Stay on track

Whether walking, riding or driving, follow formed tracks at all times


In some areas, walking tracks are being upgraded to minimise the impact of increasing foot traffic; boardwalks are necessary in some places with large numbers of visitors. You can help minimise the damage in the following ways:

  • Stay on the track even if it’s rough and muddy – Walking on the track edges and cutting corners on steep ‘zigzag’ tracks increase damage, erosion and visual scarring, as well as causing confusion about which is the right track.
  • Spread out in open country where there are no tracks – Spreading out (rather than following in each other’s footsteps) disperses impact. A plant stepped on only once has more chance of survival than if trampled by the whole party.
  • Avoid sensitive vegetation – Sphagnum bogs, cushion plants and other sensitive vegetation are easily destroyed by trampling. Stay on rocks and hard ground whenever possible.
  • Keep the wilderness wild – Cutting new tracks is illegal and marking tracks with cairns, tape or other materials is unsightly and can confuse other walkers.
  • Walk softly – Choose appropriate footwear for the terrain. Solid but lightweight walking boots are best. Sandshoes can be used on most tracks on the mainland in summer and sandshoes should be worn around campsites.
  • Choose a different route – each time you visit a trackless area, and camp at different sites whenever possible.


Camping is perhaps the most popular way of enjoying the great outdoors, and car-based camping is an excellent way for people of all ages to visit the Australian Alps. Whether you camp at a designated campsite with several other groups or have found your own private camping spot, follow these simple rules to limit the impact of your visit:

  • Drive on the track – Drive your vehicle only on roads that are open to the public and avoid using muddy tracks where you are likely to leave wheel ruts that cause greater soil erosion. It is irresponsible and illegal to drive off formed roads and tracks. Remove fallen trees across tracks rather than driving around them.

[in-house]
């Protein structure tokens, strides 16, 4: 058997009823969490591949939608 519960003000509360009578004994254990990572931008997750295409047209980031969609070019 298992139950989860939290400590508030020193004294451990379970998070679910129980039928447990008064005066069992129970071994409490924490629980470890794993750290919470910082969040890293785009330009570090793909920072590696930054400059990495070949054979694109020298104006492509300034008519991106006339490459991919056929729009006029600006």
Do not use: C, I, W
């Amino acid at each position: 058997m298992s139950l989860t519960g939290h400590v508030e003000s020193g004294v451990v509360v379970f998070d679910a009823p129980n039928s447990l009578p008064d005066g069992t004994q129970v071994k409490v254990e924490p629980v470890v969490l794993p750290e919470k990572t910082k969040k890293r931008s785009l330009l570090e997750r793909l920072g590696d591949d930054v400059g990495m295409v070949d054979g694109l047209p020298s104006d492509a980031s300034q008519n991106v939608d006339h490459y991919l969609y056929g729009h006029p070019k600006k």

• Management tracks are closed to private vehicles – to ensure sensitive areas are not damaged and to enable other visitors to enjoy their recreation without the intrusion of vehicles.
  • Drive carefully on mountain roads – they can be hazardous when wet and if vehicles travel too fast. Slower speeds will also enable you to enjoy more of the alpine scenery, and help protect native animals which cross and use roads in alpine areas.
  • Take care on gravel surfaces and edges – Remember that other vehicles such as large trucks may be sharing the road with you.
  • Think before you park and leave your vehicle – Are you blocking a track that may be needed in an emergency or by another visitor to the Alps?
  • Carry wheel chains in winter.
  • Leave your pets and firearms at home – They are not allowed in national parks.


Mountain bike riding has increased at a very rapid rate in recent years. The pleasure and exhilaration of cycling in natural areas has resulted in people of all ages taking to their bikes for day and overnight trips.

If cyclists are to continue to experience the pleasure of riding in relatively undisturbed areas, they will need to follow this code and limit the impact of their visit:

  • Ride on bike tracks, roads and management vehicle tracks only – Even roads and tracks are particularly susceptible to damage when wet. They cannot be used when they are seasonally closed. Bicycles may not be used (even on management tracks) in wilderness areas. Walking tracks are managed for walkers and are not available for use by bicycles.
  • Respect the rights of others – Other visitors have the same rights as you, so let them go about their activities without interference. Keep speeds down to avoid frightening other visitors.
  • If you meet walkers – announce your presence, slow down and give them right of way as you pass.
  • If you pass horse riders, always give horses right of way – Some horses are easily frightened by bicycles and a spooked horse can be dangerous to you and its rider. Announce your presence by voice, dismount and talk as the horse and rider pass to reassure the animal. If necessary, move off the track to give the horse plenty of room. Be alert for signs of horses (hoof prints or droppings) and watch for them on bends or crests.
  • Wear your helmet whenever you are cycling – It is required by law even on fire tracks.
  • Avoid skidding – Skidding damages tracks by removing the harder surface layer. This can then lead to erosion. Cutting corners also causes erosion. Don’t cut corners, stay on the track.
  • Stay away from wet, muddy areas – Muddy areas are very prone to damage. The tracks you leave behind channel the water when it rains and this leads to erosion.
  • Check before you leave – It is a good idea to check with local land managers to find out about any areas specific track closures, fire regulations, limits on camping or other general information.

Horse riders

Horses are more than welcome in the Alps – it is a wonderful and authentic way to explore these environments. Quite a bit of care is required to ensure the fragile ecosystems remain unharmed for future use. Visit the Horse riding page for more information on caring for the Alps.